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LETTER: Resident suggests people scrape caterpillar 'egg masses' off their trees

'If you do nothing, the caterpillars which hatch next year will get busy defoliating your trees, thus denying you shade during the hot days of summer,' says reader
caterpillars 2 2020-07-07
File photo

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Barrie citizens may have noticed an unusually large number of caterpillars dropping out of trees earlier this summer. More recently, there has been a plague of moths, and these have been laying egg masses on trees and also on other surfaces. In my neighbourhood, they seem to particularly like oak and maple trees.

It is a good idea for people to look for these egg masses now and scrape them off their trees. They are light brown, oval masses around 2cm long. Sometimes the pale grey female moth is still present above the egg mass, making it much easier to spot. (see the web site links below for photos) If you do nothing, the caterpillars which hatch next year will get busy defoliating your trees, denying you shade during the hot days of summer.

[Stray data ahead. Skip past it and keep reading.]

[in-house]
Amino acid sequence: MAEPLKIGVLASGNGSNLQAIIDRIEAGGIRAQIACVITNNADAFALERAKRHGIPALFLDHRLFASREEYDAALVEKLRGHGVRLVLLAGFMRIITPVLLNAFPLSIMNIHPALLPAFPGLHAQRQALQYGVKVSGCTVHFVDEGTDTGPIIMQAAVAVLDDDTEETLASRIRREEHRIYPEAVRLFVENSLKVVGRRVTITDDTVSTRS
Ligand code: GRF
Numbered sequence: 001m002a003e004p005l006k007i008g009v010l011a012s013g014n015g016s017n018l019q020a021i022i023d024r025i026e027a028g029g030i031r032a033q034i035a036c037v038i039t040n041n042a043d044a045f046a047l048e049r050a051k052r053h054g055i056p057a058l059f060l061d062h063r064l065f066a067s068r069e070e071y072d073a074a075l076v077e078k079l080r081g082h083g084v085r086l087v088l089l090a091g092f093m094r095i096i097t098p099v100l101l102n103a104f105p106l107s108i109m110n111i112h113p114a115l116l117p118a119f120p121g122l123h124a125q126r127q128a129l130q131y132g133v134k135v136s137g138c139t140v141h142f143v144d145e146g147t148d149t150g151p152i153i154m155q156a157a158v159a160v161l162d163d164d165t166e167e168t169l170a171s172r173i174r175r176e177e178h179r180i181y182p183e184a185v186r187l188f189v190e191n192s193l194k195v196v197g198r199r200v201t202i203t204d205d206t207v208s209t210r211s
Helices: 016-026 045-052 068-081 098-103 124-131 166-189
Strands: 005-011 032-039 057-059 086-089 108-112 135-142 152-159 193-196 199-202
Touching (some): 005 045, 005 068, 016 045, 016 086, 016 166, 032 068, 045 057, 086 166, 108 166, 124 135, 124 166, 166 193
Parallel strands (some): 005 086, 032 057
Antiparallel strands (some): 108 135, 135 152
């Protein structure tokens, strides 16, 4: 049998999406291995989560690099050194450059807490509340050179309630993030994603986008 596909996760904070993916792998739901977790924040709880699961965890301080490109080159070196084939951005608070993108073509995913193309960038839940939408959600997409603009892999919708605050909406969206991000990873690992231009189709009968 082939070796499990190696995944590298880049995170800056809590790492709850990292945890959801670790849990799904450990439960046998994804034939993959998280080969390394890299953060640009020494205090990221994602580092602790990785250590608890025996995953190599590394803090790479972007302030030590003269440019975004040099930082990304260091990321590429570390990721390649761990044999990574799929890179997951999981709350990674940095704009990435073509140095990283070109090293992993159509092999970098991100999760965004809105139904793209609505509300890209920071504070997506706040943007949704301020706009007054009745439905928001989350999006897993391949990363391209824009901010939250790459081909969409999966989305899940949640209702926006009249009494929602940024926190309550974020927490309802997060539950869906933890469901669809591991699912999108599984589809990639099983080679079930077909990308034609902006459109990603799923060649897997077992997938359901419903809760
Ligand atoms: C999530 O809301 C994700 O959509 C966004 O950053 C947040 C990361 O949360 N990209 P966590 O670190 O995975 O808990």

I was alerted to this problem on CBC Radio several weeks ago. I understood that brushing the egg masses off and onto the ground was sufficient; that the eggs would rot on the ground. Accordingly, I taped a small wire brush to the end of a long pole and set off up and down my street. This is a short street, with just 24 houses, so a complete tour took me just about one hour. I also rang several doorbells to talk to people, asking them to be alert to the problem.

Since then, I googled “Gypsy Moth” and found a number of web sites that recommend scraping off the egg masses into soapy water. These claim that eggs that fall on the ground can still hatch successfully. I have attached links to two web sites below.

At least ½ of the egg masses I removed would have been impossible to reach without my long pole. That also means it would have been impossible to catch the scrapings into a container of soapy water . . .

Whether I have succeeded in killing the eggs or not, I feel that I have probably reduced the numbers which will hatch next spring on my street. I urge all Barrie residents to get out there with your scrapers or brushes and pails of soapy water. I am sure all of us would like to keep our trees healthy and to enjoy a full canopy of shade next summer.

Peter Bursztyn